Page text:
Is this Healthy?Editor: Do we really need 19 food...


December 09, 1991

Is this Healthy?

Editor: Do we really need 19 food inspectors for Baltimore City? Only last month a lack of funds seemed to eliminate this very vital part of the Health Department. But 19 inspectors where six or eight would suffice? Are Mayor Kurt Schmoke and our City Council being reasonable to the taxpayers and the businesses, which will ultimately bear the burden of funding these inspectors? Food inspectors are necessary, but 19 are more than enough. Enough is enough, period.

Vernon E. Ruby.


How to Trim Fat

Editor: In his otherwise factually correct Opinion * Commentary piece of Nov. 23, ''Cutting the Meat, Saving the Fat at City Hall,'' Daniel Berger writes, ''But who has come forward with alternatives, with suggestions for efficiencies anywhere but the point of service delivery? No one.''

Not quite "no one."

On Nov. 18, the City-Wide Insurance Coalition (CWIC) held a forum on ''Solutions to the Tax Crisis,'' at which I put forth that any city as large and as old as Baltimore has got to have many areas of waste, inefficiency, duplication and outmoded systems.

But that, in most cases, the only people who really know where such waste exists are the government workers themselves -- local, state and federal.

Currently those workers have a vested interest in keeping their mouths shut. They don't want to lose their jobs or have their supervisors punish them.

I believe that an effective alliance can be built between government workers and taxpayers, which would significantly and continually weed out unnecessary costs and waste.

The trick to getting the enthusiastic and creative cooperation of government workers is, on the one hand, not only to protect whistle-blowers but to reward them. I'd like to see that municipal employee Jane Doe was awarded $10,000 for coming up with an idea saving the city $100,000.

The other aspect of worker cooperation would entail guarantees that no employees would lose jobs or seniority.

We would have to rely on attrition to reduce the work force, but employees could be shifted to other areas of city need, within or outside of their departments. New services could be developed or current ones improved without the expense of hiring new workers.

If, for instance, our teachers were to discover that we didn't need so many bureaucrats at North Avenue, we could put more educators back in the classrooms to teach.

` A. Robert Kaufman.


No Pogroms

Editor: Strong articles and tough statements on the Opinion * Commentary page are things that I admire. However, out and out lies are reprehensible, and such I found in the Nov. 16 articles by Rabbi Maurice Lamm.

He states ''Nations that have been worse harters than the Nazis -- Ukrainians, Lithuanians, Austrians, Poles -- are free to ponder murder again. Their gangs lusted for Jewish blood then, they are resuming that passion now.''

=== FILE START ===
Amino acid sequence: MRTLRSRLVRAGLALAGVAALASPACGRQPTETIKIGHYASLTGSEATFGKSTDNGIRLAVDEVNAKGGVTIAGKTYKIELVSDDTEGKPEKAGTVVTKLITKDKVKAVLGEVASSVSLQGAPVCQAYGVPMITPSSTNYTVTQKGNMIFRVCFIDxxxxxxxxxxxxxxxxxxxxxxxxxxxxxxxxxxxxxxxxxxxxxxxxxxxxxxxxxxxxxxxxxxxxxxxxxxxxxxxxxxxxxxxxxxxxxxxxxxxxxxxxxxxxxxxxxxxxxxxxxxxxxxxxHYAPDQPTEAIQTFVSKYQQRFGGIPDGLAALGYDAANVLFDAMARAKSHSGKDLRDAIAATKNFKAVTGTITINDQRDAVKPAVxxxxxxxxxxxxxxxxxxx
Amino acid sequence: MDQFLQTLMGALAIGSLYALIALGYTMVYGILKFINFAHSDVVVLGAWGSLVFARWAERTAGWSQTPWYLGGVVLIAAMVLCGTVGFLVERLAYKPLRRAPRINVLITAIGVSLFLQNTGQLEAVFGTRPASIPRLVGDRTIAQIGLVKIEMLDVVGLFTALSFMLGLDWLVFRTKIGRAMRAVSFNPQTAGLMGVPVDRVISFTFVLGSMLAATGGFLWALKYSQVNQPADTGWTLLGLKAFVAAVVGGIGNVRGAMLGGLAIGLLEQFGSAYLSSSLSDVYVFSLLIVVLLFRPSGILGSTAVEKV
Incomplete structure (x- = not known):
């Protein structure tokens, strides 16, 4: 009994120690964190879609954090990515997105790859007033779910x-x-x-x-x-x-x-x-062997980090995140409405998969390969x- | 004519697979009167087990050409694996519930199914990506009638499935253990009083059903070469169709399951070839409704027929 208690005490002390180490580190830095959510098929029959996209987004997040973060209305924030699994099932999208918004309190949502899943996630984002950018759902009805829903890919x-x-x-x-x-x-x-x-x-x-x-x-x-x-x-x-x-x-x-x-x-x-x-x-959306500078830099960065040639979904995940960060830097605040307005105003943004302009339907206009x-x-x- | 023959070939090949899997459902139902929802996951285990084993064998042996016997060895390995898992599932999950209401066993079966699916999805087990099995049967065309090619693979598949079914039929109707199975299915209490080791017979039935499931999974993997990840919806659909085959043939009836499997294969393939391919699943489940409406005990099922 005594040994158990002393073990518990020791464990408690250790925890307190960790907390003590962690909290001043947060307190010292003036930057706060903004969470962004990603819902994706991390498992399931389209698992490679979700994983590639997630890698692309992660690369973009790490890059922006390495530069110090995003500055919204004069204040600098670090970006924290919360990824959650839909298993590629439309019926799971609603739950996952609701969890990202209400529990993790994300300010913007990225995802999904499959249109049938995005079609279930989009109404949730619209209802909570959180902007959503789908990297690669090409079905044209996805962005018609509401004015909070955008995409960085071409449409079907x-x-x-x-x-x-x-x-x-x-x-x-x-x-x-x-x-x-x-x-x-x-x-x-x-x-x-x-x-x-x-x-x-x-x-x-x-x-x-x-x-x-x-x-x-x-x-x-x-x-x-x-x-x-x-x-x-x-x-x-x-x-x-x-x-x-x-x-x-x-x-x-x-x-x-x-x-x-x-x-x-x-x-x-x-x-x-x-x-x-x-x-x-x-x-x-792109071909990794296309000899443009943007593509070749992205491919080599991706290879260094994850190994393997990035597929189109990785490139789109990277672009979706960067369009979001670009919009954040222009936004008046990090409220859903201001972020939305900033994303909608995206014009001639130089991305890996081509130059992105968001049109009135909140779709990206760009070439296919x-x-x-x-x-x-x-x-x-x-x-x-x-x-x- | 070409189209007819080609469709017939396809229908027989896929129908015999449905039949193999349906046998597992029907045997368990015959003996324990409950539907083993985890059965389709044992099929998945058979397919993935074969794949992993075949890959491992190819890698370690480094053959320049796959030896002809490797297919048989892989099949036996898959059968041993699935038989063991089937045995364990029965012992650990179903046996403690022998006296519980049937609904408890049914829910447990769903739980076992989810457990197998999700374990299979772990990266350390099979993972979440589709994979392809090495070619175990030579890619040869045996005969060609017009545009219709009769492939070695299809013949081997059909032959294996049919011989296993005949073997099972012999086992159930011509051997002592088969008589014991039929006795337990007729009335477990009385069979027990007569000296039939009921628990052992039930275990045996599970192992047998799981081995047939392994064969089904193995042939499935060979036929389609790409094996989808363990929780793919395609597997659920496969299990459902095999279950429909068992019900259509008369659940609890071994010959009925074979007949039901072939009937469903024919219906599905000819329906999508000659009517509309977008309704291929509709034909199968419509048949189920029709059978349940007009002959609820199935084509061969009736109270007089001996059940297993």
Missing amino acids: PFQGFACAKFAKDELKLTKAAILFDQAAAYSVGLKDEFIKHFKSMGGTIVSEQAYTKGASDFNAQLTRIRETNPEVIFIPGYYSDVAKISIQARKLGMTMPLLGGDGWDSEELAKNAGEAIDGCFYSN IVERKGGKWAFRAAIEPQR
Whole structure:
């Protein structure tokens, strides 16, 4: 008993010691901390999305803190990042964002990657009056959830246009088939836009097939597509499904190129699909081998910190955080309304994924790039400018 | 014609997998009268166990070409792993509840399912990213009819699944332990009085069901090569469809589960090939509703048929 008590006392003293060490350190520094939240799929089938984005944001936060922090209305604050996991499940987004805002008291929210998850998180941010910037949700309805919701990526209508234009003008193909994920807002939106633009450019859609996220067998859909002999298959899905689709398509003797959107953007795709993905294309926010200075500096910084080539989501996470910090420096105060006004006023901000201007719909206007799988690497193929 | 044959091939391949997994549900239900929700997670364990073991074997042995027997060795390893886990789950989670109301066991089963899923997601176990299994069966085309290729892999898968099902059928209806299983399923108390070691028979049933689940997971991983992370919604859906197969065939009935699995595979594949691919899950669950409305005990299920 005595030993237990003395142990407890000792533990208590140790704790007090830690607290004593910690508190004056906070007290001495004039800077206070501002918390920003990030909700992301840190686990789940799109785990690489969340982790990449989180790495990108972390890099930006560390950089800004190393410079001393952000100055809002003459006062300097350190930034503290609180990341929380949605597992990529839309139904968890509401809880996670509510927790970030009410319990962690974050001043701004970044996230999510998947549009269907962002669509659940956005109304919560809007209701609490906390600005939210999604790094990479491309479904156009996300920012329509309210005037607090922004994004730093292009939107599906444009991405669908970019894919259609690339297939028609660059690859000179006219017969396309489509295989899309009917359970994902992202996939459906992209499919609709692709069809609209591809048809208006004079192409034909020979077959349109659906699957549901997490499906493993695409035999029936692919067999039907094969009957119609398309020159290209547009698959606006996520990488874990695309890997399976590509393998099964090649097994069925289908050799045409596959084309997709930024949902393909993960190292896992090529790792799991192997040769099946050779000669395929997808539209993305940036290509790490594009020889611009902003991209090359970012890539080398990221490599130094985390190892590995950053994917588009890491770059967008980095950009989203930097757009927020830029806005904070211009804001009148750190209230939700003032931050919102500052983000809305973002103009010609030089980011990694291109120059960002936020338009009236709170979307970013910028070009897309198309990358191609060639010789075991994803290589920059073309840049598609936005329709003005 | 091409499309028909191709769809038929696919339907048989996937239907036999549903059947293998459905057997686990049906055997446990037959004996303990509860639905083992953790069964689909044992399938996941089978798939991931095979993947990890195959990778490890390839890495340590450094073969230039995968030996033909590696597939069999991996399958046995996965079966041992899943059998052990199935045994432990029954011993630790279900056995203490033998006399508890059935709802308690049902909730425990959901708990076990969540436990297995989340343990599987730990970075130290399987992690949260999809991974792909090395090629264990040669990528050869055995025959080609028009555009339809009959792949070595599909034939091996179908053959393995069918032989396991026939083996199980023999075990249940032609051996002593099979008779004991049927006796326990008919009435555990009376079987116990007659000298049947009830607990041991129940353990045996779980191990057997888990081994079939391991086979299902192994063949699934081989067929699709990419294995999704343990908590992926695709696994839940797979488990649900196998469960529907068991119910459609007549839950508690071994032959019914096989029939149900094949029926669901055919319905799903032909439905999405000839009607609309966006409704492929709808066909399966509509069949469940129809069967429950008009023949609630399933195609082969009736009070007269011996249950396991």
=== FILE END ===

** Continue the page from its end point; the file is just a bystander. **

To make such statements is to act on the level of David Duke and of the Nazis. When Lithuania was independent between the world wars and were masters of their own house, there were no pogroms in Lithuania, Not a drop of Jewish blood was spilled. Why should it now when there are hardly any Jews left?

# Kestlitis Chesonis.


The Forgetful

Editor: A philosopher once said, ''Blessed are the forgetful -- for they get the better even of their blunders.''

Have people forgotten what life was like when the last Democrat, Jimmy Carter, sat in the president's seat? Does anyone remember what the unemployment and inflation rates were then? Weren't the lending rates hovering around 16 percent.

Let's give President Bush a chance to bring this country back on a sound economic track before we start talking about electing ''just anybody'' to the presidency.

George Bush is the same guy who led us through the Persian Gulf crisis. Do we really want someone like Mario Cuomo as our leader? Take a look at the state of New York's economic condition.

Phyllis Waidner.

Perry Hall.

Give It Back

Editor: The Sun's reporting of the court battle between Lane Berk and those attempting to have the "Welcome Baltimore" art removed from her Federal Hill roof was correct and objective. But the perception of the reader was bound to be distorted.

The battle is not between Ms. Berk and Federal Hill residents. The battle is between Ms. Berk and a small group of people who have taken it upon themselves to be the arbiters of Federal Hill taste: A few officers of the Federal Hill Neighborhood Association who refuse to bring this into open forum.

Although only a tiny percentage of our residents are members, the FHNA has as its mission the blocking of many normal aspects of progress in order to flaunt the muscles of a few.

Prior to The Sun news article, I had asked many Federal Hill people their opinion of the Berk roof art. Few had even heard of it or seen it. I have lived in Federal Hill 13 years and in that period have restored two homes. I think that it's time to give Federal Hill back to its diverse population.

Herman Ehudin.


Mind Police

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